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Raise a glass


I am no prude. I have drunk more than my fair share of the amber fluid in my time but there is something very distasteful about the Carlton United Breweries’ “Raise a glass campaign.

They have been running this for five years now and have raised over five million dollars for Legacy which is a very worthy organisation that looks after the families of current and former service personnel.

The latest one ‘Doug’ focusses on a returned soldier from the second world war who happens to have a photograph in his collection of himself and mates who are posing in front of empty beer bottles that have been arranged to spell out VB (pictured above).  The ‘creatives’  have gone to great lengths to make all the ads appear understated and heart-felt and Dougie is a genuine bloke but the abrupt editing seems to be contriving a story that isn’t really there.

A whole lot of myths and national self-esteem are rolled into this amorphous and shifting concept, the Anzac spirit; mateship, honour, bravery and of course sacrifice. The later is the most important – we are talking profound and often absolute sacrifice.   War is violent, brutal and dirty.  It kills, it mutilates, it destroys lives – not just those serving but their families and loved ones including young kids.   When my kids were younger I used to think about what it would feel like to have to be away from them for many months at a time and knowing if they would ever see them again.  It would be heartbreaking knowing that you might not be there to help them and look after them.  That is sacrifice.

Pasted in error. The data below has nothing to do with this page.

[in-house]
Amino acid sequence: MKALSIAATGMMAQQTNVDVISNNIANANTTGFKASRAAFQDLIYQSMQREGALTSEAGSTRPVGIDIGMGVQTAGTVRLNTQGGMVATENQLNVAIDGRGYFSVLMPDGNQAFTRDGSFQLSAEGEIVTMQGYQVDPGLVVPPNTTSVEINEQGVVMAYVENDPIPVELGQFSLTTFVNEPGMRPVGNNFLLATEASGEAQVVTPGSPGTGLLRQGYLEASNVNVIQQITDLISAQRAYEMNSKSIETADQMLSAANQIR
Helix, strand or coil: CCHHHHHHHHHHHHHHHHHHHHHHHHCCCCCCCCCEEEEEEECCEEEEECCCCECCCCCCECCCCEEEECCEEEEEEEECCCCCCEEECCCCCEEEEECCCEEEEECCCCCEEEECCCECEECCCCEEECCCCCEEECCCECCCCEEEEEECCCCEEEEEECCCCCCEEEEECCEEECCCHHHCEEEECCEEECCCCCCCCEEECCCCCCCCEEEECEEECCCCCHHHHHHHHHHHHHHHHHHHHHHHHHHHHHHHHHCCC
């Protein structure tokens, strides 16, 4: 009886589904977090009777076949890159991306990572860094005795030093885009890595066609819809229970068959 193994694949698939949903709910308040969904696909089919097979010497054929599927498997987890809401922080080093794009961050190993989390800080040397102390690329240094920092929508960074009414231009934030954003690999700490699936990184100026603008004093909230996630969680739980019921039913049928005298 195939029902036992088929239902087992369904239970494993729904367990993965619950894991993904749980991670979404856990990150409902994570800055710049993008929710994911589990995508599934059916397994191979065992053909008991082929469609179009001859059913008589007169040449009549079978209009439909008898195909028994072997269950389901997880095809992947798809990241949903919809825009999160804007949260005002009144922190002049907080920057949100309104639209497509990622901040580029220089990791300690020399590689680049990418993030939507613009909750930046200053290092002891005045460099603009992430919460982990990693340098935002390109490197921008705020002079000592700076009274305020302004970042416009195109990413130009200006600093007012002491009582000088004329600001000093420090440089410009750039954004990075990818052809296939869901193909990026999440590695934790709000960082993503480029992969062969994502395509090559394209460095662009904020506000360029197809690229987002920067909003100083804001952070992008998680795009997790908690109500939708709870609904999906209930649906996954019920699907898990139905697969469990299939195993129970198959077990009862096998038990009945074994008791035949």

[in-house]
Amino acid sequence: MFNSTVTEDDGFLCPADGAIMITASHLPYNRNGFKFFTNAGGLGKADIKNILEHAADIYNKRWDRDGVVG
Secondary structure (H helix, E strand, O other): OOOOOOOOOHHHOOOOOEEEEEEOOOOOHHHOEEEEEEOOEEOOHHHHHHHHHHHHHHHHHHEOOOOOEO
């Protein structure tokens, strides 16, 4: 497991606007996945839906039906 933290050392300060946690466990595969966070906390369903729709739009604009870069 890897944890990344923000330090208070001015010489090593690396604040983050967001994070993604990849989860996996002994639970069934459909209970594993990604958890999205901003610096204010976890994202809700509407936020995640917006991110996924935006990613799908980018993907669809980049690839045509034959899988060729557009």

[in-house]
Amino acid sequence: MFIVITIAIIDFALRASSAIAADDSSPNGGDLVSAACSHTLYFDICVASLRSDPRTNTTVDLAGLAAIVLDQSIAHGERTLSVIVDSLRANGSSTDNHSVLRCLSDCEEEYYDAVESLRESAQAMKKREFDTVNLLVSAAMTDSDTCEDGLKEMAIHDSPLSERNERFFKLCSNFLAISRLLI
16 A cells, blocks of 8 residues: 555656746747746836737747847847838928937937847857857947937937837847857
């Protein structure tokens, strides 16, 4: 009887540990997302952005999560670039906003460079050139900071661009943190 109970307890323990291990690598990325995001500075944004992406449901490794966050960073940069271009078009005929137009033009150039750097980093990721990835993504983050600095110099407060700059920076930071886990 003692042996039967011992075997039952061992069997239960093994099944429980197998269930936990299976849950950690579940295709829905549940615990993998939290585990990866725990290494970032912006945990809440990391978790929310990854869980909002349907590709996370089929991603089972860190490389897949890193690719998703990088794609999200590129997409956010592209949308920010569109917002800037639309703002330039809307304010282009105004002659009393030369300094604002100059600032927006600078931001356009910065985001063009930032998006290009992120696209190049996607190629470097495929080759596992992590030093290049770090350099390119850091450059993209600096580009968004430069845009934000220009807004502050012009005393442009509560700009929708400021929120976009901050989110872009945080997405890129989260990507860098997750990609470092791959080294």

My problem is that a commercial enterprise (now owned by a large South African brewery)  is using the Anzac spirit for it’s own purposes – selling more beer.   They are getting so far more from the ads than what they give back by cynically tapping in to the national zeitgeist and exploiting the very real sacrifices that so many have made.   Even the money they give to Legacy is conditional – a dollar from every specially marked carton (colloquially known as a slab) which sell for about $45 dollars.  That’s a bit more than 2%.  While the ads aren’t crass enough to have a pack shot – although having worked on ads I know that that is the only thing the client really cares about – they do show the product.  Two glasses one slightly sipped belonging to the subject Dougie or General Cosgrove or Bree Till who’s husband was killed in Afghanistan; the other belonging to someone who didn’t return.

But the worst thing is the VB logo that appears next to the Legacy shield at the end.   It just cheapens everything.  If they were sincere they would give the money and not try to exploit something that is priceless and profound.

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